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Written Report on Adoption (First Part)

Definition of Adoption:

Adoption is defined as the process of making a child, whether related or not to the adopter, possess in general, the rights accorded to a legitimate child.

It is a juridical act, a proceeding in rem which creates between two persons a relationship similar to that which results from legitimate paternity and filiation.

The modern trend is to consider adoption not merely an act to establish a relationship of paternity and filiation, but also an act which endows the child with a legitimate status.

Background on Law and Origin of Adoption

In Lahom v. Sibulo , 406 SCRA 135 (2003), the Court gave a brief background of the law and origin of adoption in order to provide some insights on the subject.

Romans Resorted to adoption in order to assure male heirs in the family Primary purpose: the continuity of adopters family

Greeks, French, Spaniards and English First: neither allowed nor recognized adoption It was only later when adoption was given impetus in law and the welfare of the child became a paramount concern

Americans

Introduced their own ideas on adoption, which made the interests of the child an overriding consideration.

Written instruments that would also safeguard the rights of the adopted children were promulgated, namely:

1. Geneva Declaration of Rights of the Child of 1924 2. Declaration of Human Rights of 1948 3. United Nations Declarations of the Rights of the Child

In the Philippines, the Civil Code of the Philippines of 1950 on adoption, later modified by the Child and Youth Welfare Code and then by the Family Code of the Philippines, gave immediate statutory acknowledgement to the rights of the adopted.

Domestic Adoption Act of 1998 & Inter-Country Adoption Act of 1995 Repealing Clause Republic Act No. 8043 Inter-Country Adoption Act of 1995 Republic Act No. 8552 Domestic Adoption Act of 1998

These two laws did not expressly repeal Title VII on Adoption in the Family Code. The repealing clauses of these laws provide as follows: Sec. 21. Repealing Clause. Any law, decree, executive order, administrative order or rules and regulations contrary to, or inconsistent with the provisions of this Act are hereby repealed, modified or amended accordingly. (Inter-Country Adoption Act of 1995)

Sec. 26. Repealing Clause. Any law, presidential decree or issuance, executive order, letter of instruction, administrative order, rule or regulation contrary to, or inconsistent with the provisions of this Act are hereby repealed, modified or amended accordingly. (Domestic Adoption Act of 1998) As provided by par. 1 of Article 7 of the New Civil Code, Laws are repealed only by subsequent ones, and their violation or non-observance shall not be excused by disuse, or custom or practice to the contrary, and as discussed, implied repeals rest only on the presumption that because the old and the new laws are incompatible with each other, there is an intention to repeal the old. There must be a plain, unavoidable and irreconcilable repugnancy between the two and if both laws can by reasonable construction stand together, both will be sustained.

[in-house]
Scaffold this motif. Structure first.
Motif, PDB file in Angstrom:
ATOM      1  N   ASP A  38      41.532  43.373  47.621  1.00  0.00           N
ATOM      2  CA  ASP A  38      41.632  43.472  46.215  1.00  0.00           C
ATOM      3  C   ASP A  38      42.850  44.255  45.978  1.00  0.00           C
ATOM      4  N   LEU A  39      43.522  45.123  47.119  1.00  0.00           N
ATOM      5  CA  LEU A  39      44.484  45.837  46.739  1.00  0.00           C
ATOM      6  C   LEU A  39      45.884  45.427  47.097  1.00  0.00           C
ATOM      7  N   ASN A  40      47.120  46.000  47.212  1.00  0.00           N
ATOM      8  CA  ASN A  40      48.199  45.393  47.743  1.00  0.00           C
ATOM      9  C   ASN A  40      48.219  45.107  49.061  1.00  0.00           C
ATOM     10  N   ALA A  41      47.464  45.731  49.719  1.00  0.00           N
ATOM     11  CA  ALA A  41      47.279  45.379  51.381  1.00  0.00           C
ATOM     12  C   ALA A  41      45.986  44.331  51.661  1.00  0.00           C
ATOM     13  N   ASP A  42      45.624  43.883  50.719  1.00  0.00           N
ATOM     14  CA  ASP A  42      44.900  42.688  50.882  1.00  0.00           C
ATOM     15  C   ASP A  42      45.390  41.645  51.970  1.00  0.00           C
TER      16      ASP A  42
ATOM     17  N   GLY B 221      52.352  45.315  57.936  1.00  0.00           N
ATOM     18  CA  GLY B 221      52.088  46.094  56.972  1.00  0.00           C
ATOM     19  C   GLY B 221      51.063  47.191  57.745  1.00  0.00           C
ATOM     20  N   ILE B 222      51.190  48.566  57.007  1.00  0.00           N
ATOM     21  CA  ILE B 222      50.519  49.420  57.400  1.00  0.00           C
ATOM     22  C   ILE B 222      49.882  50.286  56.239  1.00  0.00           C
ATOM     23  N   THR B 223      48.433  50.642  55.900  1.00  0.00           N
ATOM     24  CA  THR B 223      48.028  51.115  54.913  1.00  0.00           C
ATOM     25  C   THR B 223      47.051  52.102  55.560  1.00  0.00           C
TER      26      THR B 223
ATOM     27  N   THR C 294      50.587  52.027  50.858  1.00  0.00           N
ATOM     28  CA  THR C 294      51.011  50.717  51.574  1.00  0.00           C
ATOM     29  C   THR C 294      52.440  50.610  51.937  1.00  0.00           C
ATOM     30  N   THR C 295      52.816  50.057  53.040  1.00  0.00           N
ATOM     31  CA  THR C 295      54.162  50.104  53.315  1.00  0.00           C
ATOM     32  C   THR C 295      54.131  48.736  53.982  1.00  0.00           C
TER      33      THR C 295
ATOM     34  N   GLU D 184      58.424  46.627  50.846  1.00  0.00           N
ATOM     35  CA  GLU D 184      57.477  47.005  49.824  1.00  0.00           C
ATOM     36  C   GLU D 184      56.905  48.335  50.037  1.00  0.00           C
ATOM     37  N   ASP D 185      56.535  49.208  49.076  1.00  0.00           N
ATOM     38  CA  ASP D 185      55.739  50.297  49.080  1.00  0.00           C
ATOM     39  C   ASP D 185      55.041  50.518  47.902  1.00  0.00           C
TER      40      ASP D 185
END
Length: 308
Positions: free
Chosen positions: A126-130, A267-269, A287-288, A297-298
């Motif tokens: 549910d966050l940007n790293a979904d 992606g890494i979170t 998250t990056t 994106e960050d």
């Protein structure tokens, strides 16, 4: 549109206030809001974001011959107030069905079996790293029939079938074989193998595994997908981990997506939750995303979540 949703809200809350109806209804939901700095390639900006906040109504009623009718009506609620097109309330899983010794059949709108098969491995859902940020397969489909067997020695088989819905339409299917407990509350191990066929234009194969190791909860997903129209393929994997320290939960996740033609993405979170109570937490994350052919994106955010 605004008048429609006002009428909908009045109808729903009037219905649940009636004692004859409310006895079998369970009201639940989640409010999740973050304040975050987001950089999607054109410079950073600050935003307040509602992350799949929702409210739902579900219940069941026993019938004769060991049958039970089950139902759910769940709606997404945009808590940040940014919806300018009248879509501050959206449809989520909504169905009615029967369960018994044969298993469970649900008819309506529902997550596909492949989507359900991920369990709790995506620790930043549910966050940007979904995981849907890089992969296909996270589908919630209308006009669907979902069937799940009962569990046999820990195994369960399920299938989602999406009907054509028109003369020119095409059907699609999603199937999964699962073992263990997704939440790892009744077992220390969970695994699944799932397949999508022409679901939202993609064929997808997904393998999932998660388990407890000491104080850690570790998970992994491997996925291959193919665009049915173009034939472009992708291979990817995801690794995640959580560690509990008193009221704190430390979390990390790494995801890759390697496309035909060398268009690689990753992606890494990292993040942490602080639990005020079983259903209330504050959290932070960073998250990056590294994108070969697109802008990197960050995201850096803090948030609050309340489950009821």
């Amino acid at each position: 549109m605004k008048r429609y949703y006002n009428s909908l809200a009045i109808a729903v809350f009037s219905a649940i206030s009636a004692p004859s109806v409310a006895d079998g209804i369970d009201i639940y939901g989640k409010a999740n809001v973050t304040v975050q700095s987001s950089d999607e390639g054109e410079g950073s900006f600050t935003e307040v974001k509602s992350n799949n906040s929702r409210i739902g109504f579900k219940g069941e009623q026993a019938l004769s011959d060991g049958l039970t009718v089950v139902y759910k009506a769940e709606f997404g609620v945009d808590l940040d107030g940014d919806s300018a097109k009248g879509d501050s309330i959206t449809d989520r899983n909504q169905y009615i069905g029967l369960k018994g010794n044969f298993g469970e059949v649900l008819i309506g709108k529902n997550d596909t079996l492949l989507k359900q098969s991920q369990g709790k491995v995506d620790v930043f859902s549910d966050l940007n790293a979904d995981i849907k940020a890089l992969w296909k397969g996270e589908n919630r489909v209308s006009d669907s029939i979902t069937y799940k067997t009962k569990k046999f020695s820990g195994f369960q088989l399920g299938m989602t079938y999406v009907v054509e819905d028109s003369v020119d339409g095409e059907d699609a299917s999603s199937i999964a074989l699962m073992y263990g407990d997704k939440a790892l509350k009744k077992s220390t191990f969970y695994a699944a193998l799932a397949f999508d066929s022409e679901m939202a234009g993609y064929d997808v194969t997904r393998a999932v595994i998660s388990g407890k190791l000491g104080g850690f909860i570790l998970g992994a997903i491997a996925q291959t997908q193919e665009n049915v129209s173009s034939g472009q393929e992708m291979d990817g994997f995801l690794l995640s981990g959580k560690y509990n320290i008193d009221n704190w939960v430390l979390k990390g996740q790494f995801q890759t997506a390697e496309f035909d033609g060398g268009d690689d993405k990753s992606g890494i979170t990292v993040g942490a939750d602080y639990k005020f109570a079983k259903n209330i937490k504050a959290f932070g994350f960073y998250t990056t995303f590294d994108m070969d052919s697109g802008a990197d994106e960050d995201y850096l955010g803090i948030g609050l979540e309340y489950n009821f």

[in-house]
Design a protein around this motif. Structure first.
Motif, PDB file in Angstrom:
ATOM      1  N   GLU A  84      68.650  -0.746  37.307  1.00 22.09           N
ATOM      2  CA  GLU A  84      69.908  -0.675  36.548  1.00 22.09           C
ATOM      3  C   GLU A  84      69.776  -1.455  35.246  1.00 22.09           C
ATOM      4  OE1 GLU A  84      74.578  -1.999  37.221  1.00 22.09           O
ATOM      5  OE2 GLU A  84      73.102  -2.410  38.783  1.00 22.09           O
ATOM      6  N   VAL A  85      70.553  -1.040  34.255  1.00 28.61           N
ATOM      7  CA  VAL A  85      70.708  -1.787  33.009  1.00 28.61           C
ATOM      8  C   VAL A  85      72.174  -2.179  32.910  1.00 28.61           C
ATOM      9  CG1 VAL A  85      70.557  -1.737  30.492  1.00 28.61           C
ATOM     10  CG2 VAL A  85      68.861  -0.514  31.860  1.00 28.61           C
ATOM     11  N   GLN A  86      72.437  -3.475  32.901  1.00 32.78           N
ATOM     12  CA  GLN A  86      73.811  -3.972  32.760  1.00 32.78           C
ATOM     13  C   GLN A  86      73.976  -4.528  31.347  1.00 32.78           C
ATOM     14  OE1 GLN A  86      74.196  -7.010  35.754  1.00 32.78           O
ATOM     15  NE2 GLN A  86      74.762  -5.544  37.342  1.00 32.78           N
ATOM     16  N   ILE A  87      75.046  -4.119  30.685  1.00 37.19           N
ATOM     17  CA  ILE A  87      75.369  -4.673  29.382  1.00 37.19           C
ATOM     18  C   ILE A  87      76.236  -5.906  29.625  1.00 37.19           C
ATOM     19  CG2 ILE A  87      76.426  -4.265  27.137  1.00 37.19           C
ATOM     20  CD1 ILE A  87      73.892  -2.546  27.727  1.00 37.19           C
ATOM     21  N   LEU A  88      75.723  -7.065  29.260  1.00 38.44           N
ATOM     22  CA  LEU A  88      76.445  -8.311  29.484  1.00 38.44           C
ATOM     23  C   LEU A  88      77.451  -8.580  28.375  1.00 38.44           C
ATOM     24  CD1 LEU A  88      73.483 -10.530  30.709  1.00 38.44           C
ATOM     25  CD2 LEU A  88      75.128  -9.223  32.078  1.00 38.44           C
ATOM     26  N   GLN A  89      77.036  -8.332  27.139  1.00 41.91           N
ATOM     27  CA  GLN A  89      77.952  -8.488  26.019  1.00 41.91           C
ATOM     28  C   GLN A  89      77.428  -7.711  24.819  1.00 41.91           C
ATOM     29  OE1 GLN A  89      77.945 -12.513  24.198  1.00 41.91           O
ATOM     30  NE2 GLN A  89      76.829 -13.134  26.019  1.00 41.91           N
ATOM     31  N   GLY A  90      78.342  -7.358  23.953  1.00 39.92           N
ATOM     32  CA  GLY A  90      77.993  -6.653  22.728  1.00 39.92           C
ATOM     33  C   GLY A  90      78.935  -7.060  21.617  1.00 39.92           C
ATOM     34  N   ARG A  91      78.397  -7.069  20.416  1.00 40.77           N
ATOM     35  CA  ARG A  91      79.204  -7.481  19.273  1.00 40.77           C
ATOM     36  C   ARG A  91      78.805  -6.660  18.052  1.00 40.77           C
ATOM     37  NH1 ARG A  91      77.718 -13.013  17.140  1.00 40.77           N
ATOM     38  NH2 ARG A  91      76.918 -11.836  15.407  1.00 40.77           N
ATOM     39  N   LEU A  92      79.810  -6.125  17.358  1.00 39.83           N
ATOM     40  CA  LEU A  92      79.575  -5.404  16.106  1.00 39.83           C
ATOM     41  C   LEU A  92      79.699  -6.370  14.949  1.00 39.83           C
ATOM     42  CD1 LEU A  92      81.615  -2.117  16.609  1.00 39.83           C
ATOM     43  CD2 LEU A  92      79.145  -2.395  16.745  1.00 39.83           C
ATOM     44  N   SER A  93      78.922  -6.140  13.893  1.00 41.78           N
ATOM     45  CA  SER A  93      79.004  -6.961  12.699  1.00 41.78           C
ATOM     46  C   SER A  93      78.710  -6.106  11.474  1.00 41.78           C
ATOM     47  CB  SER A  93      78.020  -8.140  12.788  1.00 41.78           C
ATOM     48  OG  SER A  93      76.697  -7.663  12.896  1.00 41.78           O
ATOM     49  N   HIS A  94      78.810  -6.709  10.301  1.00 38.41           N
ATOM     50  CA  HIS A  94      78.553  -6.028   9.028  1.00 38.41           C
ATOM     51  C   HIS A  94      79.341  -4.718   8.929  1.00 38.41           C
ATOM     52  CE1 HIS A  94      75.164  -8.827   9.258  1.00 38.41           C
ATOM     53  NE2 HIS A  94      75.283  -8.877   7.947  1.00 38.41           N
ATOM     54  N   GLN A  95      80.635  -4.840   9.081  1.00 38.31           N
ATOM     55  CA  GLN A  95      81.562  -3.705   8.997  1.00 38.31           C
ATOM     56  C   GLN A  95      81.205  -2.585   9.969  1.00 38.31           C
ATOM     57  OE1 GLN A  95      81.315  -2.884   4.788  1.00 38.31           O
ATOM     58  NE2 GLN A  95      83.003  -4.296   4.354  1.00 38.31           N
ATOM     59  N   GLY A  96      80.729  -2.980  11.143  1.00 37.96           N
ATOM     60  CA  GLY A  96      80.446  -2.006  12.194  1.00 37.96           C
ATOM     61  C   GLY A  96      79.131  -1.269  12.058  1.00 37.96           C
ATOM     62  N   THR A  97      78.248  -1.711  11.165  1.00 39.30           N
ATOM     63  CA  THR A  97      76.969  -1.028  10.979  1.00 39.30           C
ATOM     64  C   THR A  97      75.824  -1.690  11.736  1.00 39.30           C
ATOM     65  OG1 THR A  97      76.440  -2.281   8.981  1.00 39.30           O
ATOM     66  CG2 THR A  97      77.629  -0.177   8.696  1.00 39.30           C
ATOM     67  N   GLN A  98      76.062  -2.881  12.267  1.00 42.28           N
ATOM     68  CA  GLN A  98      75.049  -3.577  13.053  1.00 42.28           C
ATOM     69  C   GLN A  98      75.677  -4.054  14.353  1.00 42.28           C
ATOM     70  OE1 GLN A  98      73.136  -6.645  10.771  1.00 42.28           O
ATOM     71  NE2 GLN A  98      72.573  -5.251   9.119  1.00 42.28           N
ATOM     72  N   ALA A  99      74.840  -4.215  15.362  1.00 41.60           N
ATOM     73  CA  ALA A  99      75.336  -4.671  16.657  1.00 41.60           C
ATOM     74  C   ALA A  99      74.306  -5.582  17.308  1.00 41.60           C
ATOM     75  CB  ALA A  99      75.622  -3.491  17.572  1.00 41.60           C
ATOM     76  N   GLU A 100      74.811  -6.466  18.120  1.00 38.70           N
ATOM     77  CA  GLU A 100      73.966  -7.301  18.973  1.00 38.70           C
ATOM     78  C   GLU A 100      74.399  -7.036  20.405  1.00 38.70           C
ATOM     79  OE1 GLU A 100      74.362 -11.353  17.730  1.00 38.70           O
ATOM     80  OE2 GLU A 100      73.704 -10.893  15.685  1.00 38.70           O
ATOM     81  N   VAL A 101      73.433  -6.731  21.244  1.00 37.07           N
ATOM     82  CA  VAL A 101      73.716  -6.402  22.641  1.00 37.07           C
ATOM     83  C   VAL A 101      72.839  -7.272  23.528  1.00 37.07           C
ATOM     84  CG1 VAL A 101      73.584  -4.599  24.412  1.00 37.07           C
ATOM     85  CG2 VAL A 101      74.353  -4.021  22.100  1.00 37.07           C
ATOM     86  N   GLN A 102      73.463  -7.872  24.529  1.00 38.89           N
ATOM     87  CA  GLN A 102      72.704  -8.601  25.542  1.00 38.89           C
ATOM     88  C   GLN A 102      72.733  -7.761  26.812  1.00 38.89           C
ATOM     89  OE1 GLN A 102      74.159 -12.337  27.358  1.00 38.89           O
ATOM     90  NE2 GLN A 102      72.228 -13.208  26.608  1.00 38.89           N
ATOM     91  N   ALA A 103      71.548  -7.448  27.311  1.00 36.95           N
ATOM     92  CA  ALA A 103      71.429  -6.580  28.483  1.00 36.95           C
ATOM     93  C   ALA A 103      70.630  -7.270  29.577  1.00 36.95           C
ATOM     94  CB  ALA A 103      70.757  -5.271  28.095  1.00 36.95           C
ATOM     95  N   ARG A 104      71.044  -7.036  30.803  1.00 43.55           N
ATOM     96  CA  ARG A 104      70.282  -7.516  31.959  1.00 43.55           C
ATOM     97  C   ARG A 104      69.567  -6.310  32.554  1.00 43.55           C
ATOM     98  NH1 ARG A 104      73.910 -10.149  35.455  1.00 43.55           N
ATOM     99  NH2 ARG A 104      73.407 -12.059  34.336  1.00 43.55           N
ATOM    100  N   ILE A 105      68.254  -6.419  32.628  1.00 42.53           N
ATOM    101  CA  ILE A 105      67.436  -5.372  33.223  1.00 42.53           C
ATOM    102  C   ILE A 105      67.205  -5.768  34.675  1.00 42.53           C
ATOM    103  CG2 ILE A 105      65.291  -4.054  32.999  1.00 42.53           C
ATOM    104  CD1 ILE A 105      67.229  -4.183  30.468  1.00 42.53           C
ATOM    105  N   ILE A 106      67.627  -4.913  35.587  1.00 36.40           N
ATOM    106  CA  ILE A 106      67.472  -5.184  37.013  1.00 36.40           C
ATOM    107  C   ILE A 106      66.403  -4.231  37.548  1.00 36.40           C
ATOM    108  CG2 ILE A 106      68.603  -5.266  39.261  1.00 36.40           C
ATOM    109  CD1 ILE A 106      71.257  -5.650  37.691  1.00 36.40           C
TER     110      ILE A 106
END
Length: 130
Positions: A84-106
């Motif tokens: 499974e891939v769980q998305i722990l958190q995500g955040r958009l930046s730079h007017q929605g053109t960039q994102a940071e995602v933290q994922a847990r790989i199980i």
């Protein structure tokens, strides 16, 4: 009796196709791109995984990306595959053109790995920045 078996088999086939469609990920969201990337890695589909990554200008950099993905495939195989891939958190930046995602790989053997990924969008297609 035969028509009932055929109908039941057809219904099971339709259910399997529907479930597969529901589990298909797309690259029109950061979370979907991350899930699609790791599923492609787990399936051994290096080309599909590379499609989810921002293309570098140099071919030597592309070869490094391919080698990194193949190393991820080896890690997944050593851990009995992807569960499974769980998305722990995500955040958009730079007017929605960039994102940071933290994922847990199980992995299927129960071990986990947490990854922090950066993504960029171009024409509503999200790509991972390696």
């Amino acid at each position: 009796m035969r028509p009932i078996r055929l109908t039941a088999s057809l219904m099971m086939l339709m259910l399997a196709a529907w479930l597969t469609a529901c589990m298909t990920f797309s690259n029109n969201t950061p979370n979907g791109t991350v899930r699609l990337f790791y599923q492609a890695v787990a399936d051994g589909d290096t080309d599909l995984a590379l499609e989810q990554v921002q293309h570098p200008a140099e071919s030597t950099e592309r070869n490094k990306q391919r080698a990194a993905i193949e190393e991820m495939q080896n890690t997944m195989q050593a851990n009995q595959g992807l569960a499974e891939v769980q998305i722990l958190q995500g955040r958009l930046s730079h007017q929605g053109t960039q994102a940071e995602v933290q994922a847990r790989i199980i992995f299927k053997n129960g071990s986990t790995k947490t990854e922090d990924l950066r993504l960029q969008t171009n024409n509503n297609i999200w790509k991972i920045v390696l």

Thus, the foregoing clauses are not considered as express repeal because they fail identify or designate the act or acts that are intended to be repealed.

Domestic Adoption - Governing Laws:

Domestic Adoption Act Provisions of Title VII of the Family Code

Who are Qualified to Adopt:

1. Filipino Adopter 2. Alien Adopter 3. Guardian as Adopter

1. Filipino adopter

Qualifications of an adopter: 1. He must be of age and at least 16 years older than the adoptee, except if the biological parent of the adoptee or the spouse of the adoptees parent, in which case the requirement of the sixteen-year difference may be waived; 2. He must be in possession of full civil capacity and legal rights of good moral character and has not been convicted of any crime involving moral turpitude 3. The adopter must be emotionally and psychologically capable of caring for children in keeping with the means of the family In addition: 1. He must be of age and at least 16 years older than the adoptee, unless the adopter is the parent by nature of the adopted, or is the spouse of the legitimate parent of the person to be adopted; 2. Of good moral character and has not been convicted of any crime involving moral turpitude; and